Have you ever wondered why we sometimes end up trusting the wrong people?

A friend of mine had his trust betrayed a number of years ago by someone who wanted to merge their respective businesses. They had verbally agreed to a 50/50 equity split in a new company and, on that basis, spent months preparing, including incurring significant legal fees to make it happen. At the 11th hour the terms were unilaterally modified by the other party and my friend pulled the pin on the deal. Based on what he told me at the time, it was not a pleasant experience and has noticeably made him more careful about who he trusts.

We’ve all been there. Trusted the wrong person. Unsurprisingly, all trust involves risk and every now and then our prediction about another’s likelihood to help or hurt us regrettably ends up hurting us.

There are lots of other examples of misplaced trust. Highly educated and otherwise savvy voters sometimes choose politicians who, based on their track record, are undeserving of our trust. Or well-qualified and experienced employees who sometimes decide to work for toxic managers or companies that have long discarded their moral compass.

So, why do otherwise smart people end up trusting the wrong people?

As you read this post to find some answers to that question, I invite you to consider two things:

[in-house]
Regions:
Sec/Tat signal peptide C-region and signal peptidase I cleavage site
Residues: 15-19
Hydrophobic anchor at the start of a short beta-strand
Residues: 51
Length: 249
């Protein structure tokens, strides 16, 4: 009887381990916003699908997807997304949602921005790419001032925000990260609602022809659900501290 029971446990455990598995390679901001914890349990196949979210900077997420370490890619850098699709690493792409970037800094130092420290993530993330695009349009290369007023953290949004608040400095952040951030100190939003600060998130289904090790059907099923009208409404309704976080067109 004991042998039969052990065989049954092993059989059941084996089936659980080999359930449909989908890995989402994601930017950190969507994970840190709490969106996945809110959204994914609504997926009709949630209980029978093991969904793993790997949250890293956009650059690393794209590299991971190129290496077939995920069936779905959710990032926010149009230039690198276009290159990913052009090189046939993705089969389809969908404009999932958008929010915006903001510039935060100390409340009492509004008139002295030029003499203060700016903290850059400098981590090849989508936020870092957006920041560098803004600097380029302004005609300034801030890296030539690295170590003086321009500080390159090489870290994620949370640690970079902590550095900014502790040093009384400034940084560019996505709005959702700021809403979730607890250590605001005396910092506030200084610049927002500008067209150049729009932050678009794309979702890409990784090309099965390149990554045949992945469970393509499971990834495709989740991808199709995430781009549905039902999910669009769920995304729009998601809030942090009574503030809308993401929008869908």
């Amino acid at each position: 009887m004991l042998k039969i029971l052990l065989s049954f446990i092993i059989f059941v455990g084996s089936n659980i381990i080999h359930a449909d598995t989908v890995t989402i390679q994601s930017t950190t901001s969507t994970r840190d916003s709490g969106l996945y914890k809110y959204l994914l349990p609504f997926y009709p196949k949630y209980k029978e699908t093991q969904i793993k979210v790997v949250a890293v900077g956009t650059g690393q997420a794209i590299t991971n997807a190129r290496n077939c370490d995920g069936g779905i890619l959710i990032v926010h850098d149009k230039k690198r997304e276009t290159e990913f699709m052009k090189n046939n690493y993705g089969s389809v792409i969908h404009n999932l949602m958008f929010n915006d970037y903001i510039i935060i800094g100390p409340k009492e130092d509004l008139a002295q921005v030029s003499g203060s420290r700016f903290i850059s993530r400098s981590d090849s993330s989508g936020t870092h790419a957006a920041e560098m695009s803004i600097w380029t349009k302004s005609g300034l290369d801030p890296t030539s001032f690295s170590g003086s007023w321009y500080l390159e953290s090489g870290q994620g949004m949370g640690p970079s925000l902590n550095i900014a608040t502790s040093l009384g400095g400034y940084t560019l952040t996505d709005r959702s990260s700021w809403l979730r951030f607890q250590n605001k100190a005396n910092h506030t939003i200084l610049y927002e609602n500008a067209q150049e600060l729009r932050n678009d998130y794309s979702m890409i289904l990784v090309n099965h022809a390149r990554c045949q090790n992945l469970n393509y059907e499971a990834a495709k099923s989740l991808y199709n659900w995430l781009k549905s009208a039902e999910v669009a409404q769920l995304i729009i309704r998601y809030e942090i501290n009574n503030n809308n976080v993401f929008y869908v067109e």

• Which of the following reasons you can relate to based on your personal experiences; and
      • If there is a possibility you may be leveraging any of the reasons to encourage the trust of others.

Perceptions of trust can be distorted by power and status

We tend to assume those in power or with high status in our society have our best interests at heart, especially if we have played some part in choosing them. Since we generally prefer to think of ourselves as smart (rather than the opposite), we believe the trust and associated hopes we place on those we admire equate to smart choices. After all, it’s comforting to think we live in a society characterised by fairness and meritocracy. Surely those who hold power and status must be ‘good’ people right?

One doesn’t have to look very far today to recognise that powerful people can and do use all their influence to hide the truth, silence critics, and cement an artificial image of integrity. Some abhor transparency and avoid at all costs any mechanisms designed to enforce accountability. There is a saying by historian Lord Acton that “Power tends to corrupt, and absolute power corrupts absolutely.” When those in power gain too much trust, they tend to abuse it.

It’s very hard to speak up against people who are rich, powerful, and famous. When we admire or respect someone, we feel morally committed towards them. We see them as some kind of role model and it can be devastating if someone abuses that trust.

Trust, but verify – Ronald Reagan

Advanced social skills can harbour immorality

The more trustworthy a business or group appears to be, the more vulnerable it likely becomes to individuals who will try to take advantage, precisely because the business or group is perceived as ethical, healthy and efficient.

Those who are unethical, lazy or corrupt seek out a business or group that is hard-working, honest and naïve. For example, burglars tend to thrive in a community where people leave their homes unlocked. But as we become less naïve and more alert to these types of threats, these types of individuals need to rely on more sophisticated deception skills to fool us. They become highly skilled socially to deceptively convince others they can be trusted.

The trust of the innocent is the liar’s most useful tool – Stephen King

Our own instincts can be a powerful force